Thursday, January 19, 2012

Dogs of War.....Vietnam to Afghanistan

More winter-like weather is here, but even that is not supposed to be anything severe, or to even stick around for any length of time...rain by Monday, and mid to upper 40s by the middle of next week.  On average Saturday is not only the day of the shortest amount of daylight in this part of the world, it is also on average the coldest day of the year...meaning, beginning Monday, the average high and low temperatures will start to rise...the proverbial light at the end of the tunnel{winter}.  I can't say I won't be happy for warmer temperatures, but as mild, as opposed to the dire predictions, as this winter has been, without much snow, I cannot complain so far.  Love me some Global Warming!

Less than two months away from my first baseball scrimmage umpire gig, and my schedule for the coming spring season, is pretty well full....topping it off yesterday contracting for a March 31st Triple Header{weather permitting} at Delphos St. Johns on that Saturday.  Meanwhile, with three of the last four days off, I am back to basketball tonight with a girls JH double at Crestview, tomorrow north to Columbus Grove for a JV boys game, and finishing off the weekend with a morning 7th grade tournament double at Wayne Trace.

The Dogs of War_____

 Being a member of the Air Force Security Police from 1968-72, I had a chance to see the working dogs of war, especially during my time at Tan Son Nhut in 1970, working both perimeter security and the Blue Flight protection of the inner workings of that largest of Air Bases in Vietnam during the war.

When assigned to SP School at Lackland AFB, Texas, in the summer of 1968, we were given the opportunity to be dog handlers, and even though my family had always had dogs, from Coon Hounds, to Airedales, to toy types, to mutts of all varieties, I wasn't inclined to be a dog handler.  One main reason, I knew where dog folks ended up....that would be Vietnam, working the outer and inner crevices of bases such as Nha Trang and TSN...if I was going there, and I did, I wanted to be in a somewhat safe location...dog handlers did not get those "perks".  Being an Air Force SP Dog Handler was among the most dangerous of duties one could draw in the Air Force during the Vietnam War.

The regular Sky Cops, both Law Enforcement and Security didn't hang around the puppy patrol guys much during the war, they were their own click, and any conversation we might have had, was usually reserved for my time on Jeep patrol, when I would stop and give the handler a cup of coffee...from what I remember, the dogs provided better conversation, than many of the handlers.


fast forward to 1999 the VSPA____

When I found and joined the Vietnam Security Police Association, I noticed that many of the members, and most of the founders of the organization were from that group of Dog Handlers at Tan Son Nhut and other bases in Vietnam....and to this day, 13 years later, they are still the heart and soul of the VSPA.  John Langley, who signed me up, Phil Savage, and Doug Davis, are among the former handlers that I consider friends, even though we never met until after Vietnam, and see each other only on occasion at Dayton or Kokomo, during reunions.  Yesterday I received an e-mail from Doug concerning the hotel accommodations for this March and our annual Mini-Reunion at Wright-Patterson AFB near Dayton.....while we were exchanging e-mails he sent me a short video and photos of Remmy.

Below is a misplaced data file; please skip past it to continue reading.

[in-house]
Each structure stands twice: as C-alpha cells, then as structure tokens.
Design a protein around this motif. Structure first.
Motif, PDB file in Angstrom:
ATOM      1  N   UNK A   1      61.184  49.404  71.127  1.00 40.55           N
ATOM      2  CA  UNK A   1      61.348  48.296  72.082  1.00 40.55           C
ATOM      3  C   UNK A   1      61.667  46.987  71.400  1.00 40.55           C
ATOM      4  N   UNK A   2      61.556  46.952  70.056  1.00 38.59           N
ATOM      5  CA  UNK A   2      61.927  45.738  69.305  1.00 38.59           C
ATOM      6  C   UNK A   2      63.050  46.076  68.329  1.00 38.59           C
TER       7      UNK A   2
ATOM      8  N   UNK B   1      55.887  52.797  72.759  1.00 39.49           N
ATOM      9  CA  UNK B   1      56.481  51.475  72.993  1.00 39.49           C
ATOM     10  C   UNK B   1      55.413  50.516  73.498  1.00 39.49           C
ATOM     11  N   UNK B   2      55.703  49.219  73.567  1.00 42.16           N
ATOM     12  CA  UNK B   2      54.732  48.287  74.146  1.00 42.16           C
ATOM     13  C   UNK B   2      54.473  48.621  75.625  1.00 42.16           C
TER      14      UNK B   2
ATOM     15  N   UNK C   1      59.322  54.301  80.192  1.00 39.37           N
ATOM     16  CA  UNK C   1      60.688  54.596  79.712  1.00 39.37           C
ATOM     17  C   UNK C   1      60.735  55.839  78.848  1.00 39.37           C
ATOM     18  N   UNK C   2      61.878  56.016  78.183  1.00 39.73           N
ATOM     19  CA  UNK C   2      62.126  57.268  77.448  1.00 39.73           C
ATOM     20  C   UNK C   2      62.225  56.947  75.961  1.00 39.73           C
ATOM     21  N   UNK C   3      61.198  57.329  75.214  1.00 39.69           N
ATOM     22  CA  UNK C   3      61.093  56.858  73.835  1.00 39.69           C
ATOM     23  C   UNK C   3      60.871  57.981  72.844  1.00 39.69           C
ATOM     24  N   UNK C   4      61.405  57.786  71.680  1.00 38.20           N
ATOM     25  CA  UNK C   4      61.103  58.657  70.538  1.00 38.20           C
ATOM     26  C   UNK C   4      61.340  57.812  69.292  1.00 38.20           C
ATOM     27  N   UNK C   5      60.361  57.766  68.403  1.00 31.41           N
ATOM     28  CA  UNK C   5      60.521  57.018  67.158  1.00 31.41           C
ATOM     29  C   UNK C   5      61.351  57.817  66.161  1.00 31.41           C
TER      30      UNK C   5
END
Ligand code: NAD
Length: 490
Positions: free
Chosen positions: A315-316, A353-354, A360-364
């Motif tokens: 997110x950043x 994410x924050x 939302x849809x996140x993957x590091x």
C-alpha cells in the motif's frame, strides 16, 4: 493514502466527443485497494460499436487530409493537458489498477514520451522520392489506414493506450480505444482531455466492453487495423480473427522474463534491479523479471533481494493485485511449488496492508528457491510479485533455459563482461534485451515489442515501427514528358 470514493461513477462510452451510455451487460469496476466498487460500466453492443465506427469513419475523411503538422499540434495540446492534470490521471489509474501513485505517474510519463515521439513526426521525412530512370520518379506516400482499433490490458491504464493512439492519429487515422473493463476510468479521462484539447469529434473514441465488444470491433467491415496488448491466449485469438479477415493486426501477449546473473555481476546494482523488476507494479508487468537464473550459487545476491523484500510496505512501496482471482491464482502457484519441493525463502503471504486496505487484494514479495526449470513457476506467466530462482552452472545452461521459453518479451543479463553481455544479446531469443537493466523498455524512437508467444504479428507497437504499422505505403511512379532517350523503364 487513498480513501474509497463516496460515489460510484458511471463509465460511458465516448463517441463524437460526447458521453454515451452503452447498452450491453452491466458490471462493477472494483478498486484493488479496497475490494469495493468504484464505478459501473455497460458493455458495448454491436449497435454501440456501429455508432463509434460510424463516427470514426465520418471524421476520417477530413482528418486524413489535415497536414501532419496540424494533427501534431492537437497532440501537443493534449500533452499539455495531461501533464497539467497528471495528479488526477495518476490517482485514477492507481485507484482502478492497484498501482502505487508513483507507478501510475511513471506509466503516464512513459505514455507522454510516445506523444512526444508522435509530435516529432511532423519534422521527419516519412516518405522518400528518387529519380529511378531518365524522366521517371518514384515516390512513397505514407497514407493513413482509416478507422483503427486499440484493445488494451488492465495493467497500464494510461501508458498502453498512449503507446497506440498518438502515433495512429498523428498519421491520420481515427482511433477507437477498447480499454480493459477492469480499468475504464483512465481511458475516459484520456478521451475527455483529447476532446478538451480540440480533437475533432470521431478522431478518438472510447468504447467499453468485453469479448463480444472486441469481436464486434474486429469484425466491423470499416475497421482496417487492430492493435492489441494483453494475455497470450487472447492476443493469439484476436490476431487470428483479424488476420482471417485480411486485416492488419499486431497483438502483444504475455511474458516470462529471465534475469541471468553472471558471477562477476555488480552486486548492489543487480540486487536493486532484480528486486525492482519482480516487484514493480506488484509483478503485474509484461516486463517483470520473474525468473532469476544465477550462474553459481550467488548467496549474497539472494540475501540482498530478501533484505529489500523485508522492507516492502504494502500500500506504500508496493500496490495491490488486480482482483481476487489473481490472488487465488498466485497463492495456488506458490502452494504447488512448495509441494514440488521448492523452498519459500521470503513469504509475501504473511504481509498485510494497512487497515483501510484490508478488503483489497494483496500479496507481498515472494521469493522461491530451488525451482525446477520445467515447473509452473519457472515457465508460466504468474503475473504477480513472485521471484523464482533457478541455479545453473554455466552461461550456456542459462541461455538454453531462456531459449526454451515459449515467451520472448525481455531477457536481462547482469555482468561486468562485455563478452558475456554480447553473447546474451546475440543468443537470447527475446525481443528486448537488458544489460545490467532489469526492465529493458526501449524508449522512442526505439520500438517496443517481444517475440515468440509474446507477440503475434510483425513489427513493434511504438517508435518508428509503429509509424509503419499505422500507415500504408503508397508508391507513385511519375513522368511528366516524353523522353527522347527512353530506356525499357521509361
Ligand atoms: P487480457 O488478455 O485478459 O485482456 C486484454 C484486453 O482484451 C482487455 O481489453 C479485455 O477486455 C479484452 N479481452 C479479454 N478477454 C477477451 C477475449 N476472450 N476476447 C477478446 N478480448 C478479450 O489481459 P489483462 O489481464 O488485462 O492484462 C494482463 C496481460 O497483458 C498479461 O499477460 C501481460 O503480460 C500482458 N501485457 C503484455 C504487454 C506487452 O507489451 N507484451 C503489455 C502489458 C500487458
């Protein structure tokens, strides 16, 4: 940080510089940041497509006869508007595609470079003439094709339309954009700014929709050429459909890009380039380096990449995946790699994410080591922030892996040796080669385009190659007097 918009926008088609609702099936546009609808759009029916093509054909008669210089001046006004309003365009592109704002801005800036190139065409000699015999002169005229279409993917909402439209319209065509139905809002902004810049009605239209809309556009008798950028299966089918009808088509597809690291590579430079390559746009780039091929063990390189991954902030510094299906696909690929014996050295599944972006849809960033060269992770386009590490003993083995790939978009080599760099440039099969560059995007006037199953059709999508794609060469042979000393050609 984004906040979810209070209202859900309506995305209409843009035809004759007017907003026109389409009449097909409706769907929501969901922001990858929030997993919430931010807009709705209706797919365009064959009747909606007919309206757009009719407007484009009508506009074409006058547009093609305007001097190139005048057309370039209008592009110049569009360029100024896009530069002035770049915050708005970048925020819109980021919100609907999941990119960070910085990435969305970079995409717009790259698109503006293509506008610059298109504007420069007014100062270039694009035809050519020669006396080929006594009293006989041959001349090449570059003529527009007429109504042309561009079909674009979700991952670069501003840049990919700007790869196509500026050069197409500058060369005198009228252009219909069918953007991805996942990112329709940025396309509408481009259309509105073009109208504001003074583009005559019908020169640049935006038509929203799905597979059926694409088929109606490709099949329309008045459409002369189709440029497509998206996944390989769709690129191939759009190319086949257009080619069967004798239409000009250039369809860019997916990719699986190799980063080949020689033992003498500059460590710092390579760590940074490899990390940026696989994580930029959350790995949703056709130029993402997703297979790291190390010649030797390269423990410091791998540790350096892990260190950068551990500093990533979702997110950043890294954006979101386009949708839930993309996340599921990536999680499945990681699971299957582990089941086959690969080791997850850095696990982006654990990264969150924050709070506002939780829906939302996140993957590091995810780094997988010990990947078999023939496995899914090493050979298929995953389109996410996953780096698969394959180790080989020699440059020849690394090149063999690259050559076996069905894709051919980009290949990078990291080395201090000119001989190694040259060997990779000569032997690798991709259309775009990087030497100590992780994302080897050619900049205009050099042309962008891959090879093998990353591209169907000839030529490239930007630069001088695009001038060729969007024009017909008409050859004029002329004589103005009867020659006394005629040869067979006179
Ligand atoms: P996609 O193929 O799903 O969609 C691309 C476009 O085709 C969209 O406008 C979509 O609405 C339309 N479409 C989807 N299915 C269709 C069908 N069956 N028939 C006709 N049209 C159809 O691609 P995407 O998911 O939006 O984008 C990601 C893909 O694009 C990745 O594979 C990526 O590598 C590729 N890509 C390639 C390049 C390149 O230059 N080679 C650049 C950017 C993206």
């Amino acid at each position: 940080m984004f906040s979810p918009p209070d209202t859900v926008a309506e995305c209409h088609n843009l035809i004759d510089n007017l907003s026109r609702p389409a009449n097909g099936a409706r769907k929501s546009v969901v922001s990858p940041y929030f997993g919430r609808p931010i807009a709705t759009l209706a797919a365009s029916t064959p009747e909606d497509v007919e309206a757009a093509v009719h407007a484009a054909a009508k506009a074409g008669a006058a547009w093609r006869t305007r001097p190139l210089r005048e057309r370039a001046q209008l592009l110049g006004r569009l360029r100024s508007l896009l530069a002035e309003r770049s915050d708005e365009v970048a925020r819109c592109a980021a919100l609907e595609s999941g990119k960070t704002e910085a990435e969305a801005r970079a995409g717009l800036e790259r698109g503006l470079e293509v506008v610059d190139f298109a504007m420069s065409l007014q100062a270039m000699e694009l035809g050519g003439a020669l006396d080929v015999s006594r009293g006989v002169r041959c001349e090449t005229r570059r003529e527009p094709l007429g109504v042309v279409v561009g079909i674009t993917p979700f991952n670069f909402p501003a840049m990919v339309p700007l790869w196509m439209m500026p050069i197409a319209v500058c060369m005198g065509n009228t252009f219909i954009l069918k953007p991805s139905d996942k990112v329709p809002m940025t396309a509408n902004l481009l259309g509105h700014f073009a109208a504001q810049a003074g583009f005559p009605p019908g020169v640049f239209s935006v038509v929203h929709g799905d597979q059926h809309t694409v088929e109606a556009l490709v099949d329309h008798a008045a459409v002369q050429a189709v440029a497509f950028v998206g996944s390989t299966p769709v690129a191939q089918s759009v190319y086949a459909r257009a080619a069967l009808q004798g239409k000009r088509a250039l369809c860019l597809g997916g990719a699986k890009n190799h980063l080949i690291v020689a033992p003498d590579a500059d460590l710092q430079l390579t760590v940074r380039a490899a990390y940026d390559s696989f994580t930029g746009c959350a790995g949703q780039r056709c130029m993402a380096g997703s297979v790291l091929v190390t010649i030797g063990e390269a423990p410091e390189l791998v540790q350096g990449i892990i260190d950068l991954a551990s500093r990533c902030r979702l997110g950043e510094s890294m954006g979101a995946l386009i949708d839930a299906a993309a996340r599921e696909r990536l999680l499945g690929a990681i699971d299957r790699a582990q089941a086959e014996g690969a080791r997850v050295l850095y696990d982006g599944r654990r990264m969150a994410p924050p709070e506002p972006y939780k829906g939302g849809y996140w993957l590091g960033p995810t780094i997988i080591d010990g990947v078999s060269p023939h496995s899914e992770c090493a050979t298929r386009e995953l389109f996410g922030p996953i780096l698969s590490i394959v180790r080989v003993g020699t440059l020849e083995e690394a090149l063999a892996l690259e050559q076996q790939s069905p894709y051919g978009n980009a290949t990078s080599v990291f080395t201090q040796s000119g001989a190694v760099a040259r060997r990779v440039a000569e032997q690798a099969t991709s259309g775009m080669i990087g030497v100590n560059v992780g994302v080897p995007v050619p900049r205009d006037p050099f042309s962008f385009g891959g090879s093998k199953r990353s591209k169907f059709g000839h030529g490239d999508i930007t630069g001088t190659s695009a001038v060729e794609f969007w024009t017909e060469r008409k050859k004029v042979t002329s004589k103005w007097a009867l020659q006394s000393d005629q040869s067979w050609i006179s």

Here is the e-mail I received, along with photos and a short video of Remmy, from Doug Davis:

"Don’t forget to mention that these Retired Military Working Dogs and Contractor Dogs are available for adoption.

I didn’t have a dog until November 08 since I got out in September 70. My last dog was 831F Bullet at WPAFB 6-69 to 9-70. (Mike M401 6-67 to 2-68 Lackland (dog school)  & SJAFB- Smoke 978X Phu Cat 3-68 to 3-69)
November 08 we got Ringo C261 and had him until 2-11. (unfortunately we had to put him down due to illness) In 6-11 we got contractor dog Remmy. These two dogs have changed our life. They give so much to families with their hearts. Both dogs have at least 100+ friends because we take them everywhere and tell the story about their duty.
These dogs are so happy to be free and able to roam in the house and not be stuck in a run. Most dogs are in a run six months before they end up with their family from adoption. Like anyone, freedom is a big deal and they show it after reaching a home". 
Doug     

 When meeting men like Doug, Phil, and John, you realize that even though it has been 40-45 years since they were Air Force Dog Handlers, they never really stopped being one.  They remember the dogs they trained and handled during the war years, even for a short time(usually less than one year), they never stopped remembering those days and dogs....

Frankly the dogs from Vietnam were treated like shit when it was time to retire them, not by the handlers, but by the Military and the US Government....the same so called "leaders" that treated the men of war like crap, treated the dogs that saved many a life, like so much disposable garbage...just one more reason I have no respect for military authority, or our Government...but most of my regular readers know my thoughts on those, so I will move on....here now is a video of Remmy in the war zone.....


The cousins of the Vietnam dogs of war are now treated much better than those of my era....and by chance if you would like to give one a home.....I am sure Doug will be glad to help you....e-mail here{no spam please}:


Contact Doug if you are interested in helping out one of these heroes of war.

Photos-"Remmy" in Michigan this past fall, and Remmy in Afghanistan  Doug at the Dayton Reunion last fall, and with Remmy shortly thereafter in Michigan, and Remmy with his American Contractor handler in the Afghanistan front.

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